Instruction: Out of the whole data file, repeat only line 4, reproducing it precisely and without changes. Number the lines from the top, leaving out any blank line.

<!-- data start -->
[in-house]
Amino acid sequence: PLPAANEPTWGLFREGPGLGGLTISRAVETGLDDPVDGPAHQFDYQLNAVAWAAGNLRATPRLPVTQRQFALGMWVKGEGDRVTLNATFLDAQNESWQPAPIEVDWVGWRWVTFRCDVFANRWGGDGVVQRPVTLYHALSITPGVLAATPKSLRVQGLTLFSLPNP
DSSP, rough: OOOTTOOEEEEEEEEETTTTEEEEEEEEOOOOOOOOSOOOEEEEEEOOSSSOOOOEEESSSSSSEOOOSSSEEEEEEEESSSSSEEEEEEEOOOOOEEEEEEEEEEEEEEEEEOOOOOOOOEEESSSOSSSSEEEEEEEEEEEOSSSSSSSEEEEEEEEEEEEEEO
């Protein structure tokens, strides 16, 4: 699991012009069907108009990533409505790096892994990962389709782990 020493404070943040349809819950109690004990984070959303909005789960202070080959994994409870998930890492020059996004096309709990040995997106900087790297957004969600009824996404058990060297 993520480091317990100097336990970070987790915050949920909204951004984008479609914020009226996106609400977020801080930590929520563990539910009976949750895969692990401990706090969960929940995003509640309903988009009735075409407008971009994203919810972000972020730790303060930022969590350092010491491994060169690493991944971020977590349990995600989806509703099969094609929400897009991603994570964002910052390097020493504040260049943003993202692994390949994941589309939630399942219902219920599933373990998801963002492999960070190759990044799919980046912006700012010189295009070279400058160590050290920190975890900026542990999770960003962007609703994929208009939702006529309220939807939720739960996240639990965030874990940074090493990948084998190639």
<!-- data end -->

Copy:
């Protein structure tokens, strides 16, 4: 699991012009069907108009990533409505790096892994990962389709782990 020493404070943040349809819950109690004990984070959303909005789960202070080959994994409870998930890492020059996004096309709990040995997106900087790297957004969600009824996404058990060297 993520480091317990100097336990970070987790915050949920909204951004984008479609914020009226996106609400977020801080930590929520563990539910009976949750895969692990401990706090969960929940995003509640309903988009009735075409407008971009994203919810972000972020730790303060930022969590350092010491491994060169690493991944971020977590349990995600989806509703099969094609929400897009991603994570964002910052390097020493504040260049943003993202692994390949994941589309939630399942219902219920599933373990998801963002492999960070190759990044799919980046912006700012010189295009070279400058160590050290920190975890900026542990999770960003962007609703994929208009939702006529309220939807939720739960996240639990965030874990940074090493990948084998190639």